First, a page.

Early each Cambridge spring, visiting families and tour groups crop up like crocuses in Harvard Yard. As the weather warms, their numbers mount. Year by year they are more numerous, more polyglot, more like dutiful pilgrims to a shrine. Their guides take them to old familiar places:
To Daniel Chester French's statue of John Harvard, gazing down from his pedestal in front of Charles Bulfinch's University Hall. There they are fed threadworn factoids: that the statue bears no likeness to its subject (no picture of John Harvard exists), that the scant details provided on the pedestal are wrong (he was not the University's founder; the College began not in 1638, but 1636).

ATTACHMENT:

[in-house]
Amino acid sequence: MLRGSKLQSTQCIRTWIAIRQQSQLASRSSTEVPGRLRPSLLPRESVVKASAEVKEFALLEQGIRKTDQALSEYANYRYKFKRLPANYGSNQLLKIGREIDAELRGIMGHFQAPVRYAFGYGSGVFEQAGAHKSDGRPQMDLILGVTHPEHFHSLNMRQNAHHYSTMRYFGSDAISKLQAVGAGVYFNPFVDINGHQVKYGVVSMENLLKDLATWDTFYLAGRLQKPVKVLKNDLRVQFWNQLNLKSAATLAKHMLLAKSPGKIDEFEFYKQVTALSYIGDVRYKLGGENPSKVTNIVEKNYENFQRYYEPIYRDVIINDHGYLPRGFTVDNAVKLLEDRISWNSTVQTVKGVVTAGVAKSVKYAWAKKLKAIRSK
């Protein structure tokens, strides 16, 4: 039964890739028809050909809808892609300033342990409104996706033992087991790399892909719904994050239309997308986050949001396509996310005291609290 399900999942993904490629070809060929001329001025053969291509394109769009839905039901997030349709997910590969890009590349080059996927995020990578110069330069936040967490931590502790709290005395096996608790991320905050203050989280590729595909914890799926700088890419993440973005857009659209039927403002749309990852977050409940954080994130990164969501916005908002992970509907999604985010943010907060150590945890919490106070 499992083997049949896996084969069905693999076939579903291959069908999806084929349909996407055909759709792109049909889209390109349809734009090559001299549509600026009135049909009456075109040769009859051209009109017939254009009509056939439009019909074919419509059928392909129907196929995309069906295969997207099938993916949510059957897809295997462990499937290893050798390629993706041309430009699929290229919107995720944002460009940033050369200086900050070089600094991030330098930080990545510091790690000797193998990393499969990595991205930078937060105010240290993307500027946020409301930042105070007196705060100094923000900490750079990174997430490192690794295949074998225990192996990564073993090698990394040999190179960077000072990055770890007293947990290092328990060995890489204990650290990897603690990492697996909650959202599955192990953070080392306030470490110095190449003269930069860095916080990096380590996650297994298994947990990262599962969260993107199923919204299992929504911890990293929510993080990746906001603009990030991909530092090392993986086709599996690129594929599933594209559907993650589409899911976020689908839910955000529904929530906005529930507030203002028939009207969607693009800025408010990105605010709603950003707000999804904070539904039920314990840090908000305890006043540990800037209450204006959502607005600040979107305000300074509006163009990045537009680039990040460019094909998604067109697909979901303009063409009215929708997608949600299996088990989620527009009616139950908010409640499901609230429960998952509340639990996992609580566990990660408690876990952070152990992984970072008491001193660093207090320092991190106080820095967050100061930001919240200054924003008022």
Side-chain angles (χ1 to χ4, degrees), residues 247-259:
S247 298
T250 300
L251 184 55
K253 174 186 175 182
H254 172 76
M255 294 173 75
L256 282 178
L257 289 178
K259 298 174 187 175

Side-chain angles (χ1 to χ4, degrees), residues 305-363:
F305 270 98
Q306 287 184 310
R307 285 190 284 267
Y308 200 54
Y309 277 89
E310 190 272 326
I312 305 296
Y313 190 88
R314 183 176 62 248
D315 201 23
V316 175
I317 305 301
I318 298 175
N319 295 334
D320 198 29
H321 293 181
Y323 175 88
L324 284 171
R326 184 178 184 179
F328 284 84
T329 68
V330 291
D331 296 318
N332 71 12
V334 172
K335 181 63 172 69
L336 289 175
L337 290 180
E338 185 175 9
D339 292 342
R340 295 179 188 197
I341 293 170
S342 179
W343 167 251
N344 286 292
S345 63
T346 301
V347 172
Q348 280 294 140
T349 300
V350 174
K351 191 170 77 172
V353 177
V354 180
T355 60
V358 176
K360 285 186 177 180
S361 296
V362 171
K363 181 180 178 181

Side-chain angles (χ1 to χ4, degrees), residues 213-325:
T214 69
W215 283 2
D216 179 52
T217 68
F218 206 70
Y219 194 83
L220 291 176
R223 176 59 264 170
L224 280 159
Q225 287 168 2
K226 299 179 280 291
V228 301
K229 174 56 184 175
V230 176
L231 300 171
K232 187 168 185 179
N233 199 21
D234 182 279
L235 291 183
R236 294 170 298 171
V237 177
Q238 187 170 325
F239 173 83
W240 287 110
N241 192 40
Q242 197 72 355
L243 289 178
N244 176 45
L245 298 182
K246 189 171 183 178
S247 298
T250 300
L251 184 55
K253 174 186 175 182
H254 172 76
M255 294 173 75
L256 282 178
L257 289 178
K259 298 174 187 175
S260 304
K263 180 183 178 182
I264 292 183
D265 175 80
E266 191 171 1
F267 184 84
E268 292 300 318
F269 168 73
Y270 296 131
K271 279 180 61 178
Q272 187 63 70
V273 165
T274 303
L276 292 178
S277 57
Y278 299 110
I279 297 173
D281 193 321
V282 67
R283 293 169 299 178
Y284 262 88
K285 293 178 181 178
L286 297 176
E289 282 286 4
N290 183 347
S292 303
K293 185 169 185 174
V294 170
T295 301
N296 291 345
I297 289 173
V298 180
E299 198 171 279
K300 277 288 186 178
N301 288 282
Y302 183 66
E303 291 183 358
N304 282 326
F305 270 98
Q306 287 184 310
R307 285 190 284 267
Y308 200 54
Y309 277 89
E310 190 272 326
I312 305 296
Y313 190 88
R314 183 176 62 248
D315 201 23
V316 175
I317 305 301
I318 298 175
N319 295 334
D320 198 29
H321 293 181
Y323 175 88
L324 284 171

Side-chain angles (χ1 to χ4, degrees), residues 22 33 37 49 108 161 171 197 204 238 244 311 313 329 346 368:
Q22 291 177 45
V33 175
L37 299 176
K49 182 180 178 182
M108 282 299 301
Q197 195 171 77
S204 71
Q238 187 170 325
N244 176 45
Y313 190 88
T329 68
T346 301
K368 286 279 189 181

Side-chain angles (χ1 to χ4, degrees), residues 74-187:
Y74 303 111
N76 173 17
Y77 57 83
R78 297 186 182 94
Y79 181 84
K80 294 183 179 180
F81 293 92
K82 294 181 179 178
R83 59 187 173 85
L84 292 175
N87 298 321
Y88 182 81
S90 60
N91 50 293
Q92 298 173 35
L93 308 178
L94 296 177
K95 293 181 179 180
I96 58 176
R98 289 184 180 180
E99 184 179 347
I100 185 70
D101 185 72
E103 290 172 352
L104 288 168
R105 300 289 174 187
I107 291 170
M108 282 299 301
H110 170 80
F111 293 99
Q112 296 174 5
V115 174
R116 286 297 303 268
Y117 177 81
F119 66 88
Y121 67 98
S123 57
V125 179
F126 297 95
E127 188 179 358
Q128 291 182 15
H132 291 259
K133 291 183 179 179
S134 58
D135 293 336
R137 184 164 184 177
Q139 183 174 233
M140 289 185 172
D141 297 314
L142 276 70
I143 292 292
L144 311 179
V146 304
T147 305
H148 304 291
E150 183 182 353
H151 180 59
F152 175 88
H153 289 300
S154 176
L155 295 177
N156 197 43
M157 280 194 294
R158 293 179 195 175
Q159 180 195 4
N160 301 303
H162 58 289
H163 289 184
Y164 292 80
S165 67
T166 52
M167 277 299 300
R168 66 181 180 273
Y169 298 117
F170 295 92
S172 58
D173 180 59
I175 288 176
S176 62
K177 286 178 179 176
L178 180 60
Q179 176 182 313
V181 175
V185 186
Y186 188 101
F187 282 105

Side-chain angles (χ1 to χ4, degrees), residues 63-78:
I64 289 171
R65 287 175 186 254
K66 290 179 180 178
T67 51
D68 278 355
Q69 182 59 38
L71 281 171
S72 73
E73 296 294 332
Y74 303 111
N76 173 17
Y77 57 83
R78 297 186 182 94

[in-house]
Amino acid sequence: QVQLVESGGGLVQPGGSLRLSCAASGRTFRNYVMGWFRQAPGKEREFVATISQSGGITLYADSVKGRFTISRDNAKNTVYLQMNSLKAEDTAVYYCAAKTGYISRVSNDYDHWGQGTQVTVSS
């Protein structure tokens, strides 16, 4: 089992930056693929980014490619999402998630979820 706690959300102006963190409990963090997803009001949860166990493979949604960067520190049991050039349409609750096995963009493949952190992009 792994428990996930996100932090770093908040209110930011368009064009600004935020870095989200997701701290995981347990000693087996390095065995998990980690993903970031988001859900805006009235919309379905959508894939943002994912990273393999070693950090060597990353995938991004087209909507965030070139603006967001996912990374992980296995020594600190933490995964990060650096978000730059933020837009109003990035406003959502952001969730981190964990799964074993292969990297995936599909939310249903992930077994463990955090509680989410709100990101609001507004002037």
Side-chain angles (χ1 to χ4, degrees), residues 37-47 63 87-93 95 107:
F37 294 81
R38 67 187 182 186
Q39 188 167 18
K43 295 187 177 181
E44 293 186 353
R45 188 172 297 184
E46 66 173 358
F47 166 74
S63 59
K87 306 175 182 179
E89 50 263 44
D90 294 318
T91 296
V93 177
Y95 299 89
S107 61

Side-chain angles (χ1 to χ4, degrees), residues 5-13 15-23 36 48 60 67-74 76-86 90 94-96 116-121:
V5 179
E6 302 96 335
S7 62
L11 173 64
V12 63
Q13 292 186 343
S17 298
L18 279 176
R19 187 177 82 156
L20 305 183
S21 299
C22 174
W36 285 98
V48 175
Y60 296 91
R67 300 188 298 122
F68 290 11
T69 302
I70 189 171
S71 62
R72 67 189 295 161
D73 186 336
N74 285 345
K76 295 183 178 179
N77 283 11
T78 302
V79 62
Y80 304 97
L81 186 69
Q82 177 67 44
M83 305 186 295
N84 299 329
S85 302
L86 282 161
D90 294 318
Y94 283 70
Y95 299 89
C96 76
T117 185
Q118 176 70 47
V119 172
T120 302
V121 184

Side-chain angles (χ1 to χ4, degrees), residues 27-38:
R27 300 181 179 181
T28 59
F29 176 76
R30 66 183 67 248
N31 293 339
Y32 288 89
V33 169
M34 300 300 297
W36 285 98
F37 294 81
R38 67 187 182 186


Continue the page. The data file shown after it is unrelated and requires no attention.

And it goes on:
Next, to a circuit of the surrounding serene Old Yard: a cyclorama of eighteenth- and nineteenth-century American architecture, starting with prerevolutionary Massachusetts, Harvard, and Hollis Halls and Holden Chapel, proceeding past Federal-era Stoughton, Holworthy, and University Halls, and ending with the ever more assertedly Victorian Thayer, Weld, Boylston, Grays, and Matthews.
Then on to the neighboring New Yard, dominated by the massive Roman front of Widener Library, there to be told the well-worn tale of young Harry Widener 07, precocious collector of incunabula, lost with the Titanic and commemorated for eternity by this building, the gift of his grieving mother. Facing Widener is capacious Memorial Church, built to remember Harvard's fallen in World War I, a squat base dominated by ample hollow wooden columns, topped by a classic Congregational spire: “all Emily Dickinson up above, all Mae West down below.” Then on to the famous glass flowers housed in the Museum of Comparative Zoology….
What are they looking for? What do they see? The Old Yard is one of America's architectural treasures. Indeed,